Decreased β-cell mass is a hallmark of type 1 and type 2 diabetes. The use of islet transplantation as a diabetes therapy is hampered by the relative paucity of transplant ready islets. Greater understanding of the proliferative pathways controlling islet proliferation may be harnessed to increase functional β-cell mass through transplantation or by enhanced growth of endogenous β-cells. We have shown that the β-cell transcription factor Nkx6.1 induces β-cell proliferation by upregulating the orphan nuclear hormone receptors Nr4a1 and Nr4a3. Using expression analysis to elucidate the Nkx6.1 independent mechanism by which Nr4a1 and Nr4a3 induce β-cell proliferation, we demonstrated that cyclin-dependent kinase 5 regulatory subunit 1 (Cdk5r1) is upregulated by Nr4a1 and Nr4a3 and not Nkx6.1. Adenovirus mediated overexpression of Cdk5r1 is sufficient to induce proliferation in primary rat islets. The observed proliferation is primarily in β-cells. Glucose stimulated insulin secretion is maintained with Cdk5r1 overexpression. The Cdk5 inhibitor, roscovitine, blocks islet proliferation, suggesting that Nr4a mediated β-cell proliferation is a kinase dependent event. Overexpression of Cdk5r1 results in pRb phosphorylation, which is inhibited by roscovitine treatment. These data demonstrate that activation of the Cdk5 complex is sufficient to induce β-cell proliferation while maintaining glucose stimulated insulin secretion.

Micropropagation studies of Calochortus species

María Velasco, Utah Valley University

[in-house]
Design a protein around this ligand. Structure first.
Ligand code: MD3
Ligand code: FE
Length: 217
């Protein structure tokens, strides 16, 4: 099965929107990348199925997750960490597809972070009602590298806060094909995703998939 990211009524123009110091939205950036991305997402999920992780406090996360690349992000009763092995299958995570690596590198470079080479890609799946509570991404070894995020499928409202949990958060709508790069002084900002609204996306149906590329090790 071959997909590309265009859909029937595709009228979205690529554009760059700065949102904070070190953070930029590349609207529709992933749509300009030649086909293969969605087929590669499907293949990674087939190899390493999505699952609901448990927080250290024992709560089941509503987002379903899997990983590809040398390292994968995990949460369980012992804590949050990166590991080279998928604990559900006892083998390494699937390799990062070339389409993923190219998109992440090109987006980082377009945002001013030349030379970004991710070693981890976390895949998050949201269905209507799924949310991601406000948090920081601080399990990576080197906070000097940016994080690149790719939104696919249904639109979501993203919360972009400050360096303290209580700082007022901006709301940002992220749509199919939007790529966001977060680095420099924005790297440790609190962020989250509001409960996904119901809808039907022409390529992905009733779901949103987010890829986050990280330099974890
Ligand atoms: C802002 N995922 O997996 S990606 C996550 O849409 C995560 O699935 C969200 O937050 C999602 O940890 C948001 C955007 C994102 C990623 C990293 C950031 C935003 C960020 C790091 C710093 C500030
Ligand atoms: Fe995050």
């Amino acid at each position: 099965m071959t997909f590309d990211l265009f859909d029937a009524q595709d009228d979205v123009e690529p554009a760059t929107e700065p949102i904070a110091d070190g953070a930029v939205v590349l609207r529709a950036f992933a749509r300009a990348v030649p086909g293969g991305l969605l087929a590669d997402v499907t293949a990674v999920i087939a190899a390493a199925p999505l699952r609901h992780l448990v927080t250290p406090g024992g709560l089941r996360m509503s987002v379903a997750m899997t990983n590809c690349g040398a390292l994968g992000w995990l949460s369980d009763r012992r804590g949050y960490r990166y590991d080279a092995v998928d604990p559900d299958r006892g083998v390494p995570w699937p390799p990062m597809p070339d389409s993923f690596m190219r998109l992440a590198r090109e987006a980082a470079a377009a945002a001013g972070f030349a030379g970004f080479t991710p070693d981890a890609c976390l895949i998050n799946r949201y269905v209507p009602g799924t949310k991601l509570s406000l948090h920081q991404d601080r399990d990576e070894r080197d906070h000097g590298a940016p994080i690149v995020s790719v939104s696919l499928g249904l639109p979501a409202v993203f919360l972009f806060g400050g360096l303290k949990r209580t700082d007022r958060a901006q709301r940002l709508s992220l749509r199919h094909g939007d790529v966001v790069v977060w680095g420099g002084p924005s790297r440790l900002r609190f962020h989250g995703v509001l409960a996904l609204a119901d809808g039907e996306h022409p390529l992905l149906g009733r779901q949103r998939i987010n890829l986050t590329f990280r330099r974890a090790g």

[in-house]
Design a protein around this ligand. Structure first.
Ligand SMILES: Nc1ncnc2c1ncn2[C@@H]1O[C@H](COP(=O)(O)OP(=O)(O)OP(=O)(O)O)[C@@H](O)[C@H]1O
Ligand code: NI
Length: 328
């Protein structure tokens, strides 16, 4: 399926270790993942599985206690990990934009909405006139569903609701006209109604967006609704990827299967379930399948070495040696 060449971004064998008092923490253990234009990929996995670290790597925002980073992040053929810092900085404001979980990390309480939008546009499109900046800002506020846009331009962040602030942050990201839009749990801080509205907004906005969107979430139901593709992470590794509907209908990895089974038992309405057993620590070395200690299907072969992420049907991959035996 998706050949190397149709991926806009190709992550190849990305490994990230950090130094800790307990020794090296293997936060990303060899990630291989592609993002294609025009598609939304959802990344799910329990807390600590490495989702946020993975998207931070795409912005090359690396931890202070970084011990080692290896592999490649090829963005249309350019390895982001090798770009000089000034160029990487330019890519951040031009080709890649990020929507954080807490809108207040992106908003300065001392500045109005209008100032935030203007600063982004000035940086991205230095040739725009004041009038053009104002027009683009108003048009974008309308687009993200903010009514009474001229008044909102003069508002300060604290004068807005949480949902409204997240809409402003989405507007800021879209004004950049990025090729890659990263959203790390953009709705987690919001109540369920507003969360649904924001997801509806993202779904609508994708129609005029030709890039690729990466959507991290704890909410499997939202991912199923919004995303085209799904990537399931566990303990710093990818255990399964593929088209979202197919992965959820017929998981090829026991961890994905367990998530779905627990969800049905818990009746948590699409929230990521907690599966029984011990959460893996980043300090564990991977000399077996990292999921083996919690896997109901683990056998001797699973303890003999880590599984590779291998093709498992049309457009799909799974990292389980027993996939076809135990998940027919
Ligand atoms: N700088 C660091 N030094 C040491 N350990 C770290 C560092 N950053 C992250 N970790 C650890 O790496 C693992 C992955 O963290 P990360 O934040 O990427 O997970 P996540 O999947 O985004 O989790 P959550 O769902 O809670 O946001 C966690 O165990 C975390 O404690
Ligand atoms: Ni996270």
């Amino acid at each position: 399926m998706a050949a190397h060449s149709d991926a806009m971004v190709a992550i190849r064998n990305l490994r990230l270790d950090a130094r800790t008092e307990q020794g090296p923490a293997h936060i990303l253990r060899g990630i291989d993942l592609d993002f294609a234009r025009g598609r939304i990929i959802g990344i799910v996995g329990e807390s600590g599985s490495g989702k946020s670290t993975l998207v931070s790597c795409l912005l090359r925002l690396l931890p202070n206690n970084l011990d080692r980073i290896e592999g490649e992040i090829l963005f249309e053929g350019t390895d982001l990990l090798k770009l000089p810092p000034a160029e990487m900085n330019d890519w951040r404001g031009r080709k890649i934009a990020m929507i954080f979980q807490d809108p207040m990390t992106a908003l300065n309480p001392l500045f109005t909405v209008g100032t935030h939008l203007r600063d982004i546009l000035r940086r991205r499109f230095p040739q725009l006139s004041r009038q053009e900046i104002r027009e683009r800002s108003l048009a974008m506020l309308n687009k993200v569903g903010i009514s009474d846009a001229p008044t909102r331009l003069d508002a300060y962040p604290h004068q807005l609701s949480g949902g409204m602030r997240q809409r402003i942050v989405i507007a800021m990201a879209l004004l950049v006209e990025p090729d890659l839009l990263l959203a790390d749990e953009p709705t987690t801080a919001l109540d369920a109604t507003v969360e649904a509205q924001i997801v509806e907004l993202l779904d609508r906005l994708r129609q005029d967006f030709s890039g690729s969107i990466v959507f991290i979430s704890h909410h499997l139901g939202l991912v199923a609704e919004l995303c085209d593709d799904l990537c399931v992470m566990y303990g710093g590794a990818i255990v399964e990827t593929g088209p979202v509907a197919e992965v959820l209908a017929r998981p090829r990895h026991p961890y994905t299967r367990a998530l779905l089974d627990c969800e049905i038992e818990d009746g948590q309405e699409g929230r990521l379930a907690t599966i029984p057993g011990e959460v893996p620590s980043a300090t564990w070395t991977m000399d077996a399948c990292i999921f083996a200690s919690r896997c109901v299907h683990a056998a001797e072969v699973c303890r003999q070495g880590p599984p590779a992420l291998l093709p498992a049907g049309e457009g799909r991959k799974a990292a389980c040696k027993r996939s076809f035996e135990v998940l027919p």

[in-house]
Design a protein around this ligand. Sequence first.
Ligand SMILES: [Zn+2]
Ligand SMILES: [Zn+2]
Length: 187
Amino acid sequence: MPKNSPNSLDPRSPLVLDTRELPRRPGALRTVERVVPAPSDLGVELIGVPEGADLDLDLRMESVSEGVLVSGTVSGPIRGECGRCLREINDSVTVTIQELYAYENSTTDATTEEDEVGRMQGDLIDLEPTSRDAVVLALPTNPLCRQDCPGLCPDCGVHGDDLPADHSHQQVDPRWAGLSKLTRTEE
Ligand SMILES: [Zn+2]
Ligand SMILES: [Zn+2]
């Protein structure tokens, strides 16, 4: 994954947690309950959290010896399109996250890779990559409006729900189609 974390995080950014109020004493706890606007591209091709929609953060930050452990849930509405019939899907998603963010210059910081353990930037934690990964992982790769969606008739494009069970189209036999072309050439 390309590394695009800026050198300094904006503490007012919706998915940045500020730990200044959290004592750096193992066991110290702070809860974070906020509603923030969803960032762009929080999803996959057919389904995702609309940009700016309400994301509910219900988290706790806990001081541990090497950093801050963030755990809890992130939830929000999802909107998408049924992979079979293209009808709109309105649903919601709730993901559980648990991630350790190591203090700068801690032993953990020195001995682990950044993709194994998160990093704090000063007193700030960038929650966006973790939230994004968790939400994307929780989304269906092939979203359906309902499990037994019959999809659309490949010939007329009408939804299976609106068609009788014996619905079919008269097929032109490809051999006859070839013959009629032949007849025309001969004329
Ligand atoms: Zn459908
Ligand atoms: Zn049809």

Agriculture

Calochortus is a plant genus that includes approximately 60 species distributed in North America with great ornamental and ethnotobanical value. Sego lily, mariposa lily and other common names have been used to describe the different species of Calochortus. Native Americans and settlers have used the bulbs as food, either raw or ground into flour and cooked. C. nuttallii played an important role in the success of colonization of Utah. Between 1840 and 1851 the scarcity of food due to a plague of crickets led to the pioneers to dig for the bulbous roots of sego lily, ensuring the survival of the pioneer population. This research studies the effects of Gibberellic acid on the germination and elongation of these species in vivo and in vitro. Eight different species of Calochortus are being utilized for this experiment to evaluate the effect of this growth regulator on the germination of these species. Different types of media are being tested to evaluate the optimal in vitro conditions that these species require for germination and growth. In addition embryogenesis and organogenesis is being induced by using Benzyl Amino Purine and 2,4-Dichlorophenoxyacetic acid at different concentrations. Sego Lily is the State flower of Utah; micropropagating this plant will allow us to understand and research new methods and conditions to grow these species successfully, making preservation possible since some Calochortus species have been listed as endangered. In addition, other species such as Calohortus ambiguous (Doubting Mariposa Lily), which is distributed in Utah, Arizona and New Mexico, will also benefit from the system developed in this research because they are closely related to Sego Lily (C. nuttallii). The long term goal of this research is to establish an appropriate micropropagation system for a wide variety of Calochortus species.